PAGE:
The Dayingezhuang gold deposit, located in the central section of the Zhaoping Fault Zone, northwestern Jiaodong Peninsula, within the phyllic zone in the footwall of main fault. Wall-rock alteration is intense and has a variety of types that include potash feldspathization, silication, sericitization, pyritization, chloritization and carbonatation. Amongst these alterations, silication, sericitization and pyritization are considered more closely related with the gold mineralization. Based on the cutting relations of veins and paragenesis of ore minerals, we determined three major mineralization stages: gold-quartz-pyrite, gold (silver) -quartz-polymetallic sulfides, quartz-calcite-pyrite. Employing the decrepitation thermometry to the ore quartz, we identified three concentrated ranges: 330-510°C, 240-330°C and 240-330°C, which are corresponding with each of the mineralization stage above. The ore-forming fluids in the Dayingezhuang gold deposit are characterized by medium temperature and rich in CO2content, contain a small amount of volatile gases, such as CH4, C2H6and H2S. The scheme of NaCl-H2O-CO2and the high level content of C2H6existed in all of mineralization stages indicate that the ore-forming fluids mostly are the metamorphic water. Even though the gas-liquid content from different mineralization stages are similar with each other, we still observed certain rules along the ore-forming evolution. The trend of increasing N2content indicates that the ore-forming fluids system switch to an open system in the late stage, and atmospheric water began to take part in the ore-forming fluids. The high quantity of H2S in the early gold mineralization indicates that the gold possibly was migrated as Au-S complex. The climbing ratios of C1-/SO2- 4and Na+/K+show that the ore-forming system convert from the CO2-H2O-K2SO4into CO2-H2O-NaCl system with the evolving process. The concentration of Na+, C1-, K+and SO2- 4decreased from early stage to later stage indicates that the salinity of ore-fluid declined. The higher ratio of H2O/CO2in the later stage represents that the fluid boiling may occurred in the middle stage. Overall, we think that a variety of fluid processes, including change of fluid inclusion types and fluid boiling, have been suggested for gold precipitation. Source

Zhang Z.L.,China Railway Resources Exploration Company | Zhang Z.L.,CAS Institute of Geology and Geophysics | Liu J.M.,CAS Institute of Geology and Geophysics | Chu S.X.,CAS Institute of Geology and Geophysics
Acta Petrologica Sinica | Year: 2012

The Yangchang Mo deposit is located in the Xilamulun molybdenum metallogenic belt on northern margin of North China Craton, Inner Mongolia. The mineralization is occurred within the NW- to NNW- trending faults and fractures hosted by the Yanshanian biotite monzogranite. The ore-forming hydrothennal process can be subdivided into four stages: quartz vein stage ( I ), quartz-pyrite stage ( II-1), quartz-pyrite-molybdenite-ehaleopyrite-galena- sphalerite stage ( II-2) and carbonate stage (III). Three types of fluid inclusions are observed in quartz crystals, i. e. liquid-rich ( VH2O < 50% ) inclusion, gas-rich ( VH2O =50% ∼90% ) inclusion and vapor inclusions. Homogenizalion temperatures of I, II-1, II-2 stages are 173 ∼ 280°C, 180∼467°C, 151 ∼ 366°C, respectively. From I stage to II-1 stage the temperatures become higher, suggesting the magmatic water was introduced into the mineralizing system. Salinities of I, II-1, II-2 stages are in the range of 4.03%∼10.61% NaCleqv, 2.07%∼10.36% NaCleqv, 2.41%∼9.98% NaCleqv, respectively. The composition of the hydrothennal fluids at different stages are mainly H2O ( >94.39mol% ), with minor CO2 N2, CH4, C2H6, Ar, H 2S, and Na+, HS-, Cl- ions. These suggest the Yangchang Mo deposit was formed in reduction condition and the ore-forming fluids were ot the NaCl-H2O ± CO2 system. Hydrogen and oxygen isotopes ol fluid inclusions in various mineralization stages are - 119.66‰ ∼-98.79‰ and -0.08‰ ∼1.90‰ respectively, indicating that the ore-forming fluids were the mixture of magmatic water and meteoric water. It is suggested that the mixing of different fluids with distinct natures might be responsible for the precipitation of molybdenite. Source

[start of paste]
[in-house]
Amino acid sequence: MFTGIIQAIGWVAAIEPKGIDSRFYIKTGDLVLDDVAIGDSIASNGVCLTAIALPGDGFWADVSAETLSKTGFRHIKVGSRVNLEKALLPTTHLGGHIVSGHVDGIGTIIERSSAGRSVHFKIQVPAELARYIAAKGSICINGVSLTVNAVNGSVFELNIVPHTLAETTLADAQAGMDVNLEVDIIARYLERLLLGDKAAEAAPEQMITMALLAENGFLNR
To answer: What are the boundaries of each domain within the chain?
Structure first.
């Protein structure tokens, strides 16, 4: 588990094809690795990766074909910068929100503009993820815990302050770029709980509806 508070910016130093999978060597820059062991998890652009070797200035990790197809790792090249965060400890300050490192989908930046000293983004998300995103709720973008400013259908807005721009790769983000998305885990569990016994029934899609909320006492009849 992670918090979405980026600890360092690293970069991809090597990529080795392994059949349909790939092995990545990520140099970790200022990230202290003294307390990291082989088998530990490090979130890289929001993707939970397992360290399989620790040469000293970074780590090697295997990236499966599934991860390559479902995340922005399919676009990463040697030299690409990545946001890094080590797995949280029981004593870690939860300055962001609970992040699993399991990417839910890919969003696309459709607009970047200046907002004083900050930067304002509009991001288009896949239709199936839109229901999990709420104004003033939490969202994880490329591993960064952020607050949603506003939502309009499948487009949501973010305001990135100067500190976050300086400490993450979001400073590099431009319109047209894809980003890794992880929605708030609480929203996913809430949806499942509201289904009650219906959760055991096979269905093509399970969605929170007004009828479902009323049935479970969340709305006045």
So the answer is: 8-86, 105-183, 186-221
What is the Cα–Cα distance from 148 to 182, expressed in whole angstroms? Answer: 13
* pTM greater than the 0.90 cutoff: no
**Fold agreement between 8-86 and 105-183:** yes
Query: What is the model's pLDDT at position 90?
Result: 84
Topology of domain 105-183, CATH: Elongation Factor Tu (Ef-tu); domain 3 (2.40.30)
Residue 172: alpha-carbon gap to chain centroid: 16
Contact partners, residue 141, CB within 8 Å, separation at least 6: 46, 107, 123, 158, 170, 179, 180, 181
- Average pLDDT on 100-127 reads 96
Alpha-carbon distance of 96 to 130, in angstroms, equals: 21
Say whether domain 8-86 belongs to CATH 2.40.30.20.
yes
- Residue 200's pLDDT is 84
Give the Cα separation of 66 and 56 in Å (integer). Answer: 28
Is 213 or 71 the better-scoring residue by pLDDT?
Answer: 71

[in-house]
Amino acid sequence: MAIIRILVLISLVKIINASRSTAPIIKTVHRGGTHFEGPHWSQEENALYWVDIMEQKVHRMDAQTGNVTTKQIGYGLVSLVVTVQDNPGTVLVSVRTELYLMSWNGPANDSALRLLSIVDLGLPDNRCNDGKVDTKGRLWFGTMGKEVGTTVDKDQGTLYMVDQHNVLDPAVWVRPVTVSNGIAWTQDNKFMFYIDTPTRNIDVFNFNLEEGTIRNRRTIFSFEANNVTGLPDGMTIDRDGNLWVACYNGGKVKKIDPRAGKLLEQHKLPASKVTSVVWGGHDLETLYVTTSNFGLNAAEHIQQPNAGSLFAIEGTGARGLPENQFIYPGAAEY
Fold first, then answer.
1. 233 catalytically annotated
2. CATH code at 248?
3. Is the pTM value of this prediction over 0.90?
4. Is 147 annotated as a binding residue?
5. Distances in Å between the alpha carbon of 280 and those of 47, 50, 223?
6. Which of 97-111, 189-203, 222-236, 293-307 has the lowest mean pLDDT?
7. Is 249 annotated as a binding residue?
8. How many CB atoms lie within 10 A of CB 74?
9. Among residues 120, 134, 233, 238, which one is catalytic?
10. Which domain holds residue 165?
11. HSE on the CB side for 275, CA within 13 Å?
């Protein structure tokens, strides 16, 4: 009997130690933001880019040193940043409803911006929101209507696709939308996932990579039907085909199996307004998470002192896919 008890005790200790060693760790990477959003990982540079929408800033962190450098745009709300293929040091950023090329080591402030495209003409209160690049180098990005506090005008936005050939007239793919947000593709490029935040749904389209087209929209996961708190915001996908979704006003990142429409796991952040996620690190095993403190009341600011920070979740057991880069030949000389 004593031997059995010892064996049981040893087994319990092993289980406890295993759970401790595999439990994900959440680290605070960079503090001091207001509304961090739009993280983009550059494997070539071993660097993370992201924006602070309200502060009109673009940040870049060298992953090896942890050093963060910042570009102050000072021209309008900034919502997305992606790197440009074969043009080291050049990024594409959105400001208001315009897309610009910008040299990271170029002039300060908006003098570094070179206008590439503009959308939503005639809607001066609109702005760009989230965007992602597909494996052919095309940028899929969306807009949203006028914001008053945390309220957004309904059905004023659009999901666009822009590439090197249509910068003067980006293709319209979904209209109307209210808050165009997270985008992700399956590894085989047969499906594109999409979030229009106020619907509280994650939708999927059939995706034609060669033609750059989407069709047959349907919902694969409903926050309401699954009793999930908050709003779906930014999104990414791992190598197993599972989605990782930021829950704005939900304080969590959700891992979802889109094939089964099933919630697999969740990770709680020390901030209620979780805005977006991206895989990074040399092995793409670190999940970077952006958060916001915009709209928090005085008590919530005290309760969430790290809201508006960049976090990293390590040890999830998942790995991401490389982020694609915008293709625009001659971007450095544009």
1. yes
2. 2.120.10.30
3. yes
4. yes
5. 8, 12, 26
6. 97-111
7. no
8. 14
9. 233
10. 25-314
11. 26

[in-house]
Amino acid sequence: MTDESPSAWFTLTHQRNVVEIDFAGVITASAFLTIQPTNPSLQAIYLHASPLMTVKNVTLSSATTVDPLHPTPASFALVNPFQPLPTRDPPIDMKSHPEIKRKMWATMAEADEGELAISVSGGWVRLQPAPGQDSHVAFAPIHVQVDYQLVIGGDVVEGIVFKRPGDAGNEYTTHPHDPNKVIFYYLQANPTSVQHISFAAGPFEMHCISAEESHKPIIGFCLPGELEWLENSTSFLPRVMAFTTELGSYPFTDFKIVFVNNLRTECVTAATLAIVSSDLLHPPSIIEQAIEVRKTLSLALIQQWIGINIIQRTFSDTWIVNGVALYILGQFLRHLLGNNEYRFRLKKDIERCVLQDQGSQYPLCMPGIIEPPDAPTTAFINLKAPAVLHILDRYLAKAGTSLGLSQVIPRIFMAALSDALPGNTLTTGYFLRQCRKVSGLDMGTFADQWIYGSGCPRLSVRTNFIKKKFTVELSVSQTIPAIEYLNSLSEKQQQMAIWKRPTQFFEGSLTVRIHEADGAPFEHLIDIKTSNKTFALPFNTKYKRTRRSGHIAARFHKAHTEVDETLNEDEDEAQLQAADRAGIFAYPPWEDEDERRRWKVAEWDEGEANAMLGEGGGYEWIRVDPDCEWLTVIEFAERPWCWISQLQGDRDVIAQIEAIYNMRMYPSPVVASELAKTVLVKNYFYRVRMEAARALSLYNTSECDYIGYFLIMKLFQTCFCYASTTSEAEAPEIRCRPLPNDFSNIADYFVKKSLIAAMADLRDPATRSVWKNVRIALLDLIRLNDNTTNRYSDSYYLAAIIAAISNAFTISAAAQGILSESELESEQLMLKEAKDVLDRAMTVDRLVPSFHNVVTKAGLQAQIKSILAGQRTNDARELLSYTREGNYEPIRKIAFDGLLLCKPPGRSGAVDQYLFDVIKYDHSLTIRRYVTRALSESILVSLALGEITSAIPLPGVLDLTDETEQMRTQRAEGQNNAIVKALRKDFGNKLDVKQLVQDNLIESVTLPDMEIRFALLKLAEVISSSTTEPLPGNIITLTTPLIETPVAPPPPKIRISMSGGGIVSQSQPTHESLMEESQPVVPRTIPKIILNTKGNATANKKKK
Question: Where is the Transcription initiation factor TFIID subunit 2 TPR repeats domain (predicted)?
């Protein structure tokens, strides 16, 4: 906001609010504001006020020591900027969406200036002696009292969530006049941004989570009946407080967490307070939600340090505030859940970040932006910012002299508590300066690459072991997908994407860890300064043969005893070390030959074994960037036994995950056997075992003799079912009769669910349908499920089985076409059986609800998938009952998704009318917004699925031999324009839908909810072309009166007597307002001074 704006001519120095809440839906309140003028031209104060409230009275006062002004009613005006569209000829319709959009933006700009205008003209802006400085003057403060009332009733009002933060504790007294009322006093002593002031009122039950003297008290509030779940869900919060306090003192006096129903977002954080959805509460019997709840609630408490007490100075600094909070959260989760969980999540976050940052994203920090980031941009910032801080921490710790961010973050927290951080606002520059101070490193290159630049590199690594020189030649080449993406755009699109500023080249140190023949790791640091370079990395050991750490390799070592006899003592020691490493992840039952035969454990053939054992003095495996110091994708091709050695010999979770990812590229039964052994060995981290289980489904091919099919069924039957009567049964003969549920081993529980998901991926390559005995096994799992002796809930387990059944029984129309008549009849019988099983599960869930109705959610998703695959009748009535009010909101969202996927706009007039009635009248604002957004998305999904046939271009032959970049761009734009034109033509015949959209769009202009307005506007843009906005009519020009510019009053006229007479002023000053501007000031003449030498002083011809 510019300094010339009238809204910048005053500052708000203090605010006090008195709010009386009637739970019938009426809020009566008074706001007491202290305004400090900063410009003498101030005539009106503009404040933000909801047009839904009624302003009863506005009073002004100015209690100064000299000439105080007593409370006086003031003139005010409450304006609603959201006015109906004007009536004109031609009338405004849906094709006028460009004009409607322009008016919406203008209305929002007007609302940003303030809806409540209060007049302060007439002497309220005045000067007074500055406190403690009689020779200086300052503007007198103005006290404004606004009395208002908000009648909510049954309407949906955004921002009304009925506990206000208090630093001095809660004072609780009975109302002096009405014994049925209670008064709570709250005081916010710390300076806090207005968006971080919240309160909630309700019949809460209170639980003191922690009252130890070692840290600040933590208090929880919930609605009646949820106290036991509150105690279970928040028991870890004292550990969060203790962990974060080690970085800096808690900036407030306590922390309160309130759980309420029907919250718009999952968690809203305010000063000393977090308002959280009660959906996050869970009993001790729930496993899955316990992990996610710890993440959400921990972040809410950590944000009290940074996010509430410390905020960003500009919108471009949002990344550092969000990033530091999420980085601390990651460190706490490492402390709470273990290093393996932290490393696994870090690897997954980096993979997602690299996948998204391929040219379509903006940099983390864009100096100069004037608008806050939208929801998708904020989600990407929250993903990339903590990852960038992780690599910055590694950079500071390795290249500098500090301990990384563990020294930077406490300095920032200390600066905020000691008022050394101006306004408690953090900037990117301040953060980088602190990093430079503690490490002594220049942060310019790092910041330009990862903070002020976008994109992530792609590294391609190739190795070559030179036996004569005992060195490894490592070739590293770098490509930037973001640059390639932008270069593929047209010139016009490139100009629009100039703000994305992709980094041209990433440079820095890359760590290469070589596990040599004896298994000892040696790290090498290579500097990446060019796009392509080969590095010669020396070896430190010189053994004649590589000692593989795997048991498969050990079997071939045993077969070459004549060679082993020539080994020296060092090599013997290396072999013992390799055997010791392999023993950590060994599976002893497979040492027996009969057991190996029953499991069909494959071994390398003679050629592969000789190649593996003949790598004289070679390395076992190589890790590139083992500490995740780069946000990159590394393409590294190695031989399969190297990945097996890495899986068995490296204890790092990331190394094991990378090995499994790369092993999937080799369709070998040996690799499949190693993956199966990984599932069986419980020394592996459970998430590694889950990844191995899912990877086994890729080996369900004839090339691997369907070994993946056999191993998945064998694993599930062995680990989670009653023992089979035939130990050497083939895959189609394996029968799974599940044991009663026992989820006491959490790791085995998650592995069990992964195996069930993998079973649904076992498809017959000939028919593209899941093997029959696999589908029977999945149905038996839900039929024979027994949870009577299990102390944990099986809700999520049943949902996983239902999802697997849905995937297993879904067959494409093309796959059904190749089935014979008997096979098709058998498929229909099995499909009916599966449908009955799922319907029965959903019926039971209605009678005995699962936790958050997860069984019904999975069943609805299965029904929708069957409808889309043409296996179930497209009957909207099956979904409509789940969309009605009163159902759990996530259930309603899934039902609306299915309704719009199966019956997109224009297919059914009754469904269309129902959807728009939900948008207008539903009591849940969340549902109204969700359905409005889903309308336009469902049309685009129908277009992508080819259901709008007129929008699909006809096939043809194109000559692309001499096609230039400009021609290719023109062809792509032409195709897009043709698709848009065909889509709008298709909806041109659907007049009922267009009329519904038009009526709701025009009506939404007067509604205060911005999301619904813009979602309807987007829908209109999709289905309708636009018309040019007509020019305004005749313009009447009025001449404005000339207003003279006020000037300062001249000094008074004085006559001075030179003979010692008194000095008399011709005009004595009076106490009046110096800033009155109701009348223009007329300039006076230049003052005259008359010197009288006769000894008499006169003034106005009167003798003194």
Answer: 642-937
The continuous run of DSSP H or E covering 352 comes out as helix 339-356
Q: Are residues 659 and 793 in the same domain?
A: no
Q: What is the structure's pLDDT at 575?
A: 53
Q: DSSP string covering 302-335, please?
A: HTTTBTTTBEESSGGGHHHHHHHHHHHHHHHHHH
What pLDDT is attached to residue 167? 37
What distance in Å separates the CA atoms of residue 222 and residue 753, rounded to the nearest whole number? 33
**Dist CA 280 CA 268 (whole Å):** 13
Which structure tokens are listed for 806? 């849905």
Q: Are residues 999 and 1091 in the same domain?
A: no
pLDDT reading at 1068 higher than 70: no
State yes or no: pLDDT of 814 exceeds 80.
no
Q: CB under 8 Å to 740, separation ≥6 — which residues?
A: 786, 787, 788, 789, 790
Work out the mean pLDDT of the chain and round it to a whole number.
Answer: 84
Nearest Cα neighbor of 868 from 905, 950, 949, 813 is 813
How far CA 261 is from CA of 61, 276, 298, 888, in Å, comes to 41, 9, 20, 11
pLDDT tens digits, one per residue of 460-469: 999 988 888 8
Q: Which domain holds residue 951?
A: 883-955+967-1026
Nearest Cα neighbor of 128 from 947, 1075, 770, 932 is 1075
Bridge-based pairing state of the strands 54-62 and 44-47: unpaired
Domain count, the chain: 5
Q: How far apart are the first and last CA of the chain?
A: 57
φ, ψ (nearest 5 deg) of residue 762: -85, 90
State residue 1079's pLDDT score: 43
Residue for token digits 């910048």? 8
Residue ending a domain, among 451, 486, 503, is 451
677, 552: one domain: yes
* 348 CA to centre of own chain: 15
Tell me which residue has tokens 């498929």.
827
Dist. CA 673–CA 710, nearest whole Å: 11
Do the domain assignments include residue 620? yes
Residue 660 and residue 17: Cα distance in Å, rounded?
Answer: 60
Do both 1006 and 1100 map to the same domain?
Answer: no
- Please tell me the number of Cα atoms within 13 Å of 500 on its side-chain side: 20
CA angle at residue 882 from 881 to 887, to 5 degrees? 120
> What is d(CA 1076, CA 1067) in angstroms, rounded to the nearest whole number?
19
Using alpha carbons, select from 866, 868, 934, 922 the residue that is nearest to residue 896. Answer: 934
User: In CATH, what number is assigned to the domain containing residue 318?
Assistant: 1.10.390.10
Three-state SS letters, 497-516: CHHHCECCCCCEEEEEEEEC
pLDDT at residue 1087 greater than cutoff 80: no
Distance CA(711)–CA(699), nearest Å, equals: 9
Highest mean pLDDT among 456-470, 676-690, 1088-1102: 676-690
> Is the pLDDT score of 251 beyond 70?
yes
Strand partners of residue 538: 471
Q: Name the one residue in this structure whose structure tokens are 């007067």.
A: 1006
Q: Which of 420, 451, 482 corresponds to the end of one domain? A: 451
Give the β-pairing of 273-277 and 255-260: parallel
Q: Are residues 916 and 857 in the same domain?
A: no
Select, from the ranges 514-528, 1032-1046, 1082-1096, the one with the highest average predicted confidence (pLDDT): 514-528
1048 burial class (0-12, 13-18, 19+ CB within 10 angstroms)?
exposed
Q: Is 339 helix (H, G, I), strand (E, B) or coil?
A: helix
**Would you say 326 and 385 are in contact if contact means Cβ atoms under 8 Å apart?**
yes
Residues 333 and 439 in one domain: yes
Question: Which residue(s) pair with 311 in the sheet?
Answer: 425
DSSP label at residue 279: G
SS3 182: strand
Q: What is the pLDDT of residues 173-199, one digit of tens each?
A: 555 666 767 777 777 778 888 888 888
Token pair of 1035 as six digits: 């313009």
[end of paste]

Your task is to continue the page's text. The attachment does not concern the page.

Yang X.,China University of Geosciences | Mingqi W.,China University of Geosciences | Yuyan G.,China Railway Resources Exploration Company | He Z.,China University of Geosciences
Geochemistry: Exploration, Environment, Analysis | Year: 2015

The ‘Metals in Soil Gas’ (MSG) survey has proven to be a useful tool for mineral exploration under exotic overburden. Tracing the source of these metals with Pb isotopes is helpful to understand the formation of MSG. Lead isotope ratios in MSG samples were determined by ICP-MS (Model HP4500); the Pb isotope ratios in loess, red soil, wall rocks and ores were measured following decomposition and separation using a VG-354 thermal ionization mass spectrometer (TIMS) for comparison. The results of the study of samples collected over the Jiaolongzhang base metal deposit show that the Pb isotope ratios of MSG background samples are markedly distinct from those ratios of any medium (loess, red soil layer, wall-rocks and ores) in the vicinity of the deposit. The Pb isotope ratios in the MSG anomalous samples (206Pb/204Pb = 18.34–18.56, 207Pb/204Pb = 15.622–15.809 and 208Pb/204Pb = 38.184–38.691) are totally different from those in the samples of background areas (206Pb/204Pb = 16.46–17.68, 207Pb/204Pb = 13.985–14.945 and 208Pb/204Pb = 34.199–36.884). The Pb isotope ratios of MSG anomalous samples scatter near the ratios of the mineralized wall-rocks (206Pb/204Pb = 18.554– 18.874, 207Pb/204Pb = 15.618–15.755 and 208Pb/204Pb = 38.629–39.126) and sulphides (206Pb/204Pb = 18.130–18.251, 207Pb/204Pb = 15.671–15.767 and 208Pb/204Pb = 38.350–38.582). It can be concluded that some of the Pb in MSG anomalous samples originates from deep sulphide mineralization and Pb isotope ratios of MSG anomalous samples indicate that an MSG survey can detect the deeply concealed mineral deposits under exotic cover. © 2014 AAG/The Geological Society of London. Source